• The median sales price for a single-family home in the state ended the month at $596,410, up by 5.5 percent year over year.
  • The nine-county Bay Area’s median sales price was $935,000, up by 10.0 percent from August 2017 for the 14th consecutive month of annual gains.

The number of active listings in the Golden State rose by more than 15 percent year over year in August, though prices continued to increase in every major region of the state, with the nine-county Bay Area posting the largest gain.

The latest existing home sales and price report from the California Association of Realtors says that active listings increased by 17.2 percent from August 2017, the fifth consecutive month of supply improvement. The median sales price for a single-family home was $596,410, a gain of 0.8 percent from July and an increase of 5.5 percent from one year earlier.

“While home prices continued to rise modestly in August, the deceleration in price growth and the surge in housing supply suggest that a market shift is underway,” CAR Senior Vice President and Chief Economist Leslie Appleton-Young said. “We are seeing active listings increasing and more price reductions in the market, and as such, the question remains, ‘How long will it take for the market to close the price expectation gap between buyers and sellers?’”

The Bay Area’s median sales price ended August at $935,000, an annual gain of 10.0 percent for the 14th straight month of double-digit- percent, year-over-year price growth. Prices rose from August 2017 in all nine counties, ranging from 1.3 percent in Marin to 12.6 percent in Santa Clara.

As in July, San Francisco was California’s most expensive housing market, with a median sales price of $1,550,000. The Bay Area is also home to the state’s other three counties with seven-digit price tags: San Mateo ($1,500,000), Santa Clara ($1,295,000), and Marin ($1,222,500). CAR notes that while California buyers paid an average of 99 percent of list price in August, those in nearly every Bay Area counties forked over premiums due to tight supply conditions.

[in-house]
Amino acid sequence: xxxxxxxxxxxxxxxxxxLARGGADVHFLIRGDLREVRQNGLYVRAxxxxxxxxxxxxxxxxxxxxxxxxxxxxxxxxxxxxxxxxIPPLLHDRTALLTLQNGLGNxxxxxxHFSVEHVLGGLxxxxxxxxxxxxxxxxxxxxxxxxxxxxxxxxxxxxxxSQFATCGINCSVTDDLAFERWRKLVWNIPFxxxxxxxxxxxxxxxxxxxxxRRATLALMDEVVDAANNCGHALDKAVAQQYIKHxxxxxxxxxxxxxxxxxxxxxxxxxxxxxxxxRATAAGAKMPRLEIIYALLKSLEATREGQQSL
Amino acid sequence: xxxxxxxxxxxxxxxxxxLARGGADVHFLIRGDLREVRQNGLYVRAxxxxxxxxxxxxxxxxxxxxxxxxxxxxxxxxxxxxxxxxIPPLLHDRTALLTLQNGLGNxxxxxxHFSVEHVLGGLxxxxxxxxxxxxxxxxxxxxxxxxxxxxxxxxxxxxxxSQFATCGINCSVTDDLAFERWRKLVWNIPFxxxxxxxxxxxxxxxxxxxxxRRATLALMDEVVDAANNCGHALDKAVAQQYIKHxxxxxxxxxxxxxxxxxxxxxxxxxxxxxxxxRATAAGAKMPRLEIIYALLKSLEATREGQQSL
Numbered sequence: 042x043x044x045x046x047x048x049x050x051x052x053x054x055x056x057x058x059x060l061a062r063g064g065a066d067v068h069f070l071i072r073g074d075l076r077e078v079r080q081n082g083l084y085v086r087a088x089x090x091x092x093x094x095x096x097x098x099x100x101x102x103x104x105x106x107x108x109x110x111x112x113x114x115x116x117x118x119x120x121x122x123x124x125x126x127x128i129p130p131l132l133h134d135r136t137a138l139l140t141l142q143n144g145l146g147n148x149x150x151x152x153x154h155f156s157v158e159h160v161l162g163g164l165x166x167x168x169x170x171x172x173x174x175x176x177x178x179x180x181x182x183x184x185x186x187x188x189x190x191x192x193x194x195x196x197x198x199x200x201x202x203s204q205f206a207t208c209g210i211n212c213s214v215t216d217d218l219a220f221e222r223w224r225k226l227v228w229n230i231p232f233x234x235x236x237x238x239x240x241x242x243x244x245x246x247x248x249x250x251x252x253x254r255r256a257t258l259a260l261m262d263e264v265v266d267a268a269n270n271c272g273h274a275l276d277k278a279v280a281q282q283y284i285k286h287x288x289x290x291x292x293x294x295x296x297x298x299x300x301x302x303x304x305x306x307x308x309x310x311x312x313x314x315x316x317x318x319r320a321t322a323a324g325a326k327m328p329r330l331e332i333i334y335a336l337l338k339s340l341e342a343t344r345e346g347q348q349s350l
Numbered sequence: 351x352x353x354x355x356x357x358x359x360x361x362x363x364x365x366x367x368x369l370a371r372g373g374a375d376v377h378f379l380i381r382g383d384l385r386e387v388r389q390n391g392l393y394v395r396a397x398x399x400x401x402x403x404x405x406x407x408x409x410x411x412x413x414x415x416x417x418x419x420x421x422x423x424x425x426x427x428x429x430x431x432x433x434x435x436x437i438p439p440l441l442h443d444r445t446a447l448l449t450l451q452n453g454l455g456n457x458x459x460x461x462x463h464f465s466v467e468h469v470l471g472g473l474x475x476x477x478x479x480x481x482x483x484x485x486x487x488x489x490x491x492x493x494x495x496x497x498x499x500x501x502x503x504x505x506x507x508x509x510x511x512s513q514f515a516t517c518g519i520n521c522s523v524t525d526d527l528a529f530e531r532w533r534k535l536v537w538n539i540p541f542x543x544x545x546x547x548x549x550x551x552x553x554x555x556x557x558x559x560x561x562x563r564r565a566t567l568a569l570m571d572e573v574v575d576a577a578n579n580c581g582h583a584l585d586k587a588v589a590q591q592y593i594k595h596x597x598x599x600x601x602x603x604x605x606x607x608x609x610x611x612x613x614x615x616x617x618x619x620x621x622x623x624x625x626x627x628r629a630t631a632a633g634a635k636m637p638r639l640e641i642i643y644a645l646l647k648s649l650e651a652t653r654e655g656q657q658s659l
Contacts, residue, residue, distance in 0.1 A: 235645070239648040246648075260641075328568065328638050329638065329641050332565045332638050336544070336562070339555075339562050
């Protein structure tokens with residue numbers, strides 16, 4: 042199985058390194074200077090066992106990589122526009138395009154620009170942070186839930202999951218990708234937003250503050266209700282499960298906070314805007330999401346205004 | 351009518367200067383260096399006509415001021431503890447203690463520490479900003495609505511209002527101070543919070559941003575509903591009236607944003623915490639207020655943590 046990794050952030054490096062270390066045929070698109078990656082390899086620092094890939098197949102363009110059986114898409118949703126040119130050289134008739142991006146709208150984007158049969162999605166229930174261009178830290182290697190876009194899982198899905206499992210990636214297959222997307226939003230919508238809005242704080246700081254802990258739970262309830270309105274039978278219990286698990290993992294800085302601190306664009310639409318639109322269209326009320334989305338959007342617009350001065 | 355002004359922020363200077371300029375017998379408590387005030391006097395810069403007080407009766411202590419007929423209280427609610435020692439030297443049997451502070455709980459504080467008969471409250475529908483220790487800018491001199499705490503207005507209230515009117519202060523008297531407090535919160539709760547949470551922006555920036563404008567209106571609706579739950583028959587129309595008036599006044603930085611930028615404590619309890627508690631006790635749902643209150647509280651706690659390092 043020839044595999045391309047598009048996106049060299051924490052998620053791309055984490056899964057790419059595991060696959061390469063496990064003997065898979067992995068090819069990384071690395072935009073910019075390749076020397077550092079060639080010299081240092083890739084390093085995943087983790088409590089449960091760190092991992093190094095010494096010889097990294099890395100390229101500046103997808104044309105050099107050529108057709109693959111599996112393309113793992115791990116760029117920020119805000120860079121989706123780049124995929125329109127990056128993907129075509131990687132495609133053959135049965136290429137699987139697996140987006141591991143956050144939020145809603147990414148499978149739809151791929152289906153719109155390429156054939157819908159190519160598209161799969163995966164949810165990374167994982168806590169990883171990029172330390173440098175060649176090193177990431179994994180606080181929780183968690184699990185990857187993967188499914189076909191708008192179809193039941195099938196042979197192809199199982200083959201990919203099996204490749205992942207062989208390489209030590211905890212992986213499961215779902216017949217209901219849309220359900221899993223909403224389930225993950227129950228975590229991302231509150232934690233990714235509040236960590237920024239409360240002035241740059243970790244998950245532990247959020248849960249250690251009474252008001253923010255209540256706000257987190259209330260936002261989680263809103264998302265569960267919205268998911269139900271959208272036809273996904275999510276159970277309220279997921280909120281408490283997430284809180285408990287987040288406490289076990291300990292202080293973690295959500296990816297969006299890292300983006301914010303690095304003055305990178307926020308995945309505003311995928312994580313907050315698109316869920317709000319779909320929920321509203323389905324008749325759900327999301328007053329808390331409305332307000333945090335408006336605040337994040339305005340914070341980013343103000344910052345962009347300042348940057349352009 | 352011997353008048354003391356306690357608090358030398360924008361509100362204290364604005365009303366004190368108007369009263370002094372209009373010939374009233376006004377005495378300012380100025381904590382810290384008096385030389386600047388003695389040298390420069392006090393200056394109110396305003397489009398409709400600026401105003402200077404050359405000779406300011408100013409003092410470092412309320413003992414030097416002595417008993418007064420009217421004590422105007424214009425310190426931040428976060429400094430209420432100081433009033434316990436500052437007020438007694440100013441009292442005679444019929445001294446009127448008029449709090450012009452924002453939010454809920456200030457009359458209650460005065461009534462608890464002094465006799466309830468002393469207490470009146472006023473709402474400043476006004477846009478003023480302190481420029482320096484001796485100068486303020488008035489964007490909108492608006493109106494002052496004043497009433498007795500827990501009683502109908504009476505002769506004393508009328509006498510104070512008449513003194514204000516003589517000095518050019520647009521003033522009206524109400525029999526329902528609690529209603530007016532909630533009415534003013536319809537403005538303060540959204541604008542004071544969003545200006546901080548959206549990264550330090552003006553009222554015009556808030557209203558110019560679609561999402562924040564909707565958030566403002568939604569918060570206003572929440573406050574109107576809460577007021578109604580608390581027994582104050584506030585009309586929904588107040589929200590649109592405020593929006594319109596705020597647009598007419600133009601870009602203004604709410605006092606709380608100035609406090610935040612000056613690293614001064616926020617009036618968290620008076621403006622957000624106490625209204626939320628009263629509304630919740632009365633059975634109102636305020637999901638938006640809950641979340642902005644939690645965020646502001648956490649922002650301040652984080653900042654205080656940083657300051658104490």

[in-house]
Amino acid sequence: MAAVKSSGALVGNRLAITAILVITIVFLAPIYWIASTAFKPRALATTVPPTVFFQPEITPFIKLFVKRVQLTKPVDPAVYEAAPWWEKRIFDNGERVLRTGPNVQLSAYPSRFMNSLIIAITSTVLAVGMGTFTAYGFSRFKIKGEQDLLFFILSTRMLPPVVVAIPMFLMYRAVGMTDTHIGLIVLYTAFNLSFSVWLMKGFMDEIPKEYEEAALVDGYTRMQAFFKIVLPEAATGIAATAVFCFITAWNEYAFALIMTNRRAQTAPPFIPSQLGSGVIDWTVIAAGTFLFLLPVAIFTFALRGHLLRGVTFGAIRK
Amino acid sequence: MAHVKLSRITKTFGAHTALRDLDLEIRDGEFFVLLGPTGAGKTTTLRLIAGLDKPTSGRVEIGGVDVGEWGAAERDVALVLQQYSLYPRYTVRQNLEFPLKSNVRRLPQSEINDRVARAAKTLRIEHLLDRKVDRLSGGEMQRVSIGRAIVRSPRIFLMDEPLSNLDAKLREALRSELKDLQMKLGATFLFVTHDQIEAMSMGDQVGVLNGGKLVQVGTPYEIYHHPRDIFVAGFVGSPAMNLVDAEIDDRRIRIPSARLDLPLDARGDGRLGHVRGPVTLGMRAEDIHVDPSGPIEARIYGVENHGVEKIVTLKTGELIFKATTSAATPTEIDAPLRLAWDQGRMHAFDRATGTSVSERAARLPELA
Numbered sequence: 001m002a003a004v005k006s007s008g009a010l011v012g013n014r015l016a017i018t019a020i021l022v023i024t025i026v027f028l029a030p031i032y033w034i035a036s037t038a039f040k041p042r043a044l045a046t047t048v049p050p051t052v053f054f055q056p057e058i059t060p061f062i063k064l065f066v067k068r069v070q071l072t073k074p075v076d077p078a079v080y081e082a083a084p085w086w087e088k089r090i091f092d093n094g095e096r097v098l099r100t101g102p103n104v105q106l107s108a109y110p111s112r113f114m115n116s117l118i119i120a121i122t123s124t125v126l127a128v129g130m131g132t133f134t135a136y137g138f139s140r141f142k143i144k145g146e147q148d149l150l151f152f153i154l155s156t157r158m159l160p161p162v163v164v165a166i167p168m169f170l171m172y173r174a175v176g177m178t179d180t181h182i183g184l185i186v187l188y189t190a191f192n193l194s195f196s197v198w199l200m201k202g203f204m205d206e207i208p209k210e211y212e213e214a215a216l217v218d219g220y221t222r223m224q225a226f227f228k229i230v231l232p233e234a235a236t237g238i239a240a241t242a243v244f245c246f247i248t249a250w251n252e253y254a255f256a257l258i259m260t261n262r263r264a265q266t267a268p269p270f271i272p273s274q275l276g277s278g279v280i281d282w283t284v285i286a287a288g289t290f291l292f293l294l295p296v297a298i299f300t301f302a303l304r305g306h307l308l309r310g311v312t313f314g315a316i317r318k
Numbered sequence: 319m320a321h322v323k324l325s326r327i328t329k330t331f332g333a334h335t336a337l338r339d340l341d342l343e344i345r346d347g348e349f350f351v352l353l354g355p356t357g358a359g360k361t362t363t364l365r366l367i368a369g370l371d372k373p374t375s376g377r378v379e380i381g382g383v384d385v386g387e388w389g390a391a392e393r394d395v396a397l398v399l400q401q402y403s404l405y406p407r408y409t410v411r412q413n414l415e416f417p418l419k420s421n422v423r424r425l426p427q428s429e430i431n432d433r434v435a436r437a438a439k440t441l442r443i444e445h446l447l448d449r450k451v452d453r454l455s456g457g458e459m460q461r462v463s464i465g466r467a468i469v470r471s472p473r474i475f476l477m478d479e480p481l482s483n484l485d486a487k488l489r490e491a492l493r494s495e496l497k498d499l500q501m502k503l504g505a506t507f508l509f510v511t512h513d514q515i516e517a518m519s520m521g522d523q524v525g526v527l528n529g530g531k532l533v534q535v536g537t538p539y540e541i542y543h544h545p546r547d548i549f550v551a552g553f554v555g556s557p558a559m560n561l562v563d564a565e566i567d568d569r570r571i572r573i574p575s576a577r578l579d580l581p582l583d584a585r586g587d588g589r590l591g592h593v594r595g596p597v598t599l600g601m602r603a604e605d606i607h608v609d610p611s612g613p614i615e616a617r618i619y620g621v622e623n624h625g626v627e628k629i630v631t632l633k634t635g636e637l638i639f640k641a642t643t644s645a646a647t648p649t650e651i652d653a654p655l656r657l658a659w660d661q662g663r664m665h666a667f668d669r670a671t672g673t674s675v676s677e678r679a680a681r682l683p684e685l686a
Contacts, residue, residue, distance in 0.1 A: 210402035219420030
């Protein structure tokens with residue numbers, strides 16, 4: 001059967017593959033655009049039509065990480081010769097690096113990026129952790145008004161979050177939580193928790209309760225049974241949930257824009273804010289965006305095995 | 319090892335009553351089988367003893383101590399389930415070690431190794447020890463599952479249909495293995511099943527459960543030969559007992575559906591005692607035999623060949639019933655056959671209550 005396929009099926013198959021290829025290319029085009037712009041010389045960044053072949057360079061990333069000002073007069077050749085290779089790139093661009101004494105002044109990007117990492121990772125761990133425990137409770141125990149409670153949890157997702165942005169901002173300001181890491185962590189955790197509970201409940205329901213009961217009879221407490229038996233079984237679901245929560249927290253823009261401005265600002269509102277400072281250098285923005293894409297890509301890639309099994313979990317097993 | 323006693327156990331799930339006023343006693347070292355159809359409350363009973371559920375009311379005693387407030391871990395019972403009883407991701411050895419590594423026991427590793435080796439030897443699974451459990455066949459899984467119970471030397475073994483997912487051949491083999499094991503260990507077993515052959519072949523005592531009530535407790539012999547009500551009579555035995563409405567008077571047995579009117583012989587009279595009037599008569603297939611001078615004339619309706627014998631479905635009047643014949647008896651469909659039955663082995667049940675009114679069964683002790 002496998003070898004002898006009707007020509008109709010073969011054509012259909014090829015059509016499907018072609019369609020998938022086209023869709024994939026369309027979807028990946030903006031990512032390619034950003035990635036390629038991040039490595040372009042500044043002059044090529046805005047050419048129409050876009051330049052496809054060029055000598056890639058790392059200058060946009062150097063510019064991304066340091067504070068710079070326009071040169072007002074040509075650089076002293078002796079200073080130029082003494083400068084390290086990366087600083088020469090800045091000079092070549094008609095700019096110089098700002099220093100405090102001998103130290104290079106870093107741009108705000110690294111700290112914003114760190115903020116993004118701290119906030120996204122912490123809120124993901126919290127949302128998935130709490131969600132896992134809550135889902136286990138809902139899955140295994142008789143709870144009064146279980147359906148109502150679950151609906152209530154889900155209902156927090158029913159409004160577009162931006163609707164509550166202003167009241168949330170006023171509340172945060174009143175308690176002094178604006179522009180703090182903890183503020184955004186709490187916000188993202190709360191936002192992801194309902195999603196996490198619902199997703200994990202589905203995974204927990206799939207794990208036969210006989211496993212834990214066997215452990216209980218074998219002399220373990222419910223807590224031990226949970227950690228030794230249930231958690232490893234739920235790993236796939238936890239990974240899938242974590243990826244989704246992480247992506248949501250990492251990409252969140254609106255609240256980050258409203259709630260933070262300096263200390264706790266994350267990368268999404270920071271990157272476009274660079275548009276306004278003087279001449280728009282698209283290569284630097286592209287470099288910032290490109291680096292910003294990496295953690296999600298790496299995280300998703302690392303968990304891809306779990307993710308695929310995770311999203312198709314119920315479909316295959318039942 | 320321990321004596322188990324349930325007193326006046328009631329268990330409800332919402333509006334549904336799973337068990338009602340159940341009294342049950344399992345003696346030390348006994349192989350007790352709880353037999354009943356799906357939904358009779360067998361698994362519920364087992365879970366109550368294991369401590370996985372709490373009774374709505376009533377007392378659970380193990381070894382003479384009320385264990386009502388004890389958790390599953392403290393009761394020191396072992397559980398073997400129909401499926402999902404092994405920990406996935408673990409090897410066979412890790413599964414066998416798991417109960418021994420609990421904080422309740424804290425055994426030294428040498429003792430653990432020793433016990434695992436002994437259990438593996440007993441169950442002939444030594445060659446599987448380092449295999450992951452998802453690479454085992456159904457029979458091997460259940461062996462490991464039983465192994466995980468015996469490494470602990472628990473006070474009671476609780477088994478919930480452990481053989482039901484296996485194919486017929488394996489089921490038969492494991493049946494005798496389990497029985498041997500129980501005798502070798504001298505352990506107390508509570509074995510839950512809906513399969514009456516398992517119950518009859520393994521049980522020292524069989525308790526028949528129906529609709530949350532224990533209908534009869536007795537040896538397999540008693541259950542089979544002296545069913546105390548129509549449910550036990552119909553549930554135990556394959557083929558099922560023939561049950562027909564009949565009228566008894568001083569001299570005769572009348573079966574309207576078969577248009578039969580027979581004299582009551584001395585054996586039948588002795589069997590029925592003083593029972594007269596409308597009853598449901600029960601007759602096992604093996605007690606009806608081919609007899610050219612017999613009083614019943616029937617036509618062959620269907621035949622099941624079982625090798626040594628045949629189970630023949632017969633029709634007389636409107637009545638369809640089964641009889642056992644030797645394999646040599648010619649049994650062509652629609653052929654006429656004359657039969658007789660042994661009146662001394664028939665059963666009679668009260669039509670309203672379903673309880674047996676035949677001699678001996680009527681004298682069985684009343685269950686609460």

Even if inventory shortages dictate that California and Bay Area housing market conditions remain tilted toward sellers, supply conditions improved from August 2017. Statewide, the months’ supply of inventory was 3.3, unchanged from July but up from 2.9 on an annual basis. The nine-county Bay Area had a 2.3-month supply of inventory, up from 1.9 at the same time last year.

Every Bay Area county posted year-over-year inventory gains except for Marin and Napa. Alameda and Santa Clara counties had the state’s most severe inventory droughts, both with a 2.0-month supply, while only Napa and Sonoma counties had more homes for sale that the statewide average.

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Real Estate Roundup: Silicon Valley Homes Are Selling at the Nation’s Fastest Clip

Here’s a look at recent news of interest to homebuyers, home sellers, and the home-curious.

BAY AREA HOMEBUYERS ARE ADVISED TO ACT FAST THIS FALLA street scene in Downtown San Jose, California
Intense demand for Bay Area real estate amidst a booming job market means that homes have been selling at a brisk pace for the past few years, and that trend continues as summer 2018 nears its end.

Data from the National Association of Realtors says that U.S. homes sold in a median 27 days in July, three days quicker than they did one year ago. Homes sold faster than they did last year in 76 percent of the 500 U.S. metropolitan areas for which NAR tracks data.

Homes in the San Jose metropolitan area sold in a median 26 days, four days quicker than they did in July 2017 and the briskest pace in the country. San Francisco tied Seattle as the nation’s second-fastest-moving housing market, with homes finding a buyer in 30 days, also quicker than last year. While Vallejo also ranked among the country’s fastest-paced markets this summer, at 36 days, homes there sold slower than they did at the same time last year.

Bay Area homes continued to move quickly in August, selling in as few as 21 days in the East Bay. For more on the latest market conditions, check out Pacific Union’s August 2018 Real Estate Update.


MORE ADVICE FOR BAY AREA HOMEBUYERS: SAVE A HEFTY DOWN PAYMENT
While Bay Area homebuyers who want to close a deal should act quickly given current market conditions, they should also be prepared to place a substantial down payment — in fact the most in the nation.